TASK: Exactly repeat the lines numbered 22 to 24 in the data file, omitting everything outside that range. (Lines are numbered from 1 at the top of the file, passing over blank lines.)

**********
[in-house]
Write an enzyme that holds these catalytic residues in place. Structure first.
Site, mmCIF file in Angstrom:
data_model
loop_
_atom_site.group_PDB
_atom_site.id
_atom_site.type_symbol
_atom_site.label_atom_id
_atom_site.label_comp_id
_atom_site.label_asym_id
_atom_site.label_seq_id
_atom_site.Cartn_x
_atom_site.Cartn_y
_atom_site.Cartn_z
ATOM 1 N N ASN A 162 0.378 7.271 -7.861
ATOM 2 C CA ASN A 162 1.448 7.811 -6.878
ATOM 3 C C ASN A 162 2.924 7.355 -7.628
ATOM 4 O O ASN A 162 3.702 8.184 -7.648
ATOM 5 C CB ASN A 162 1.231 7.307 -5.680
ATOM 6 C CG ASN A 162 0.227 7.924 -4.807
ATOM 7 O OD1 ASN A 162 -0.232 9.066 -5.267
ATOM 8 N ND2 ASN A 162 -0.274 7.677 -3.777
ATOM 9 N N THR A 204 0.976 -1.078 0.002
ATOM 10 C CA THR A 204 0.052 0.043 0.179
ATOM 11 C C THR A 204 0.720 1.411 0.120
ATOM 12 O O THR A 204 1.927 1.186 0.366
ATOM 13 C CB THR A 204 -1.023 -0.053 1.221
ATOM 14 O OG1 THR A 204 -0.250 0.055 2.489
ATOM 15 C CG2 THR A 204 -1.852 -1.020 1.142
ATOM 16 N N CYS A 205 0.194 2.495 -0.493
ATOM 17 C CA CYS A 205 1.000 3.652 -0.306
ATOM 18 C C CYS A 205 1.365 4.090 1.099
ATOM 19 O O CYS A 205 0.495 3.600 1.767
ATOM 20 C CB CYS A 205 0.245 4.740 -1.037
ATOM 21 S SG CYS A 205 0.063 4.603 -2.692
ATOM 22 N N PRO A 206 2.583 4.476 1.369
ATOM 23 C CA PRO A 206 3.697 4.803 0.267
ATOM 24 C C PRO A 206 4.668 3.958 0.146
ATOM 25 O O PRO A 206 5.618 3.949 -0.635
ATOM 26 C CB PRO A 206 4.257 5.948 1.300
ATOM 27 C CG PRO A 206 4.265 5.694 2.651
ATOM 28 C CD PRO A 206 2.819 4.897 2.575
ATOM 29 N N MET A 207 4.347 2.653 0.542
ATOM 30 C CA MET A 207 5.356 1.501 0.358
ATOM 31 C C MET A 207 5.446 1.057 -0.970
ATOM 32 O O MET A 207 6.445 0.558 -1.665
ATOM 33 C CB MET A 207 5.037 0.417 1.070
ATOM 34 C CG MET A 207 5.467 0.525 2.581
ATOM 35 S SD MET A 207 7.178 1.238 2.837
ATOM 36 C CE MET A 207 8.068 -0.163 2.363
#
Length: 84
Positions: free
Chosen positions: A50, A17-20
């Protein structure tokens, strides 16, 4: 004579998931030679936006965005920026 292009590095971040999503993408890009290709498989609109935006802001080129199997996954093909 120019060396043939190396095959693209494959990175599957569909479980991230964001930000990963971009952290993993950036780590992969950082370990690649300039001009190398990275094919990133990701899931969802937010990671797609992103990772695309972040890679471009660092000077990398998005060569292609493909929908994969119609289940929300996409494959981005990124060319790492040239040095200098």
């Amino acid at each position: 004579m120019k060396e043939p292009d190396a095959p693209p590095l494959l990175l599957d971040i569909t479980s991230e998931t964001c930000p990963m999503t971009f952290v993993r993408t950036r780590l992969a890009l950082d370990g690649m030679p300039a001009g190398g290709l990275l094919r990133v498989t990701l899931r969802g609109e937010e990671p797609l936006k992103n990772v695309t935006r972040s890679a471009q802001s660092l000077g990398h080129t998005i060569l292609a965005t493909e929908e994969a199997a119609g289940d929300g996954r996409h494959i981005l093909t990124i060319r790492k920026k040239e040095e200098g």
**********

ATOM 7 O OD1 ASN A 162 -0.232 9.066 -5.267
ATOM 8 N ND2 ASN A 162 -0.274 7.677 -3.777
ATOM 9 N N THR A 204 0.976 -1.078 0.002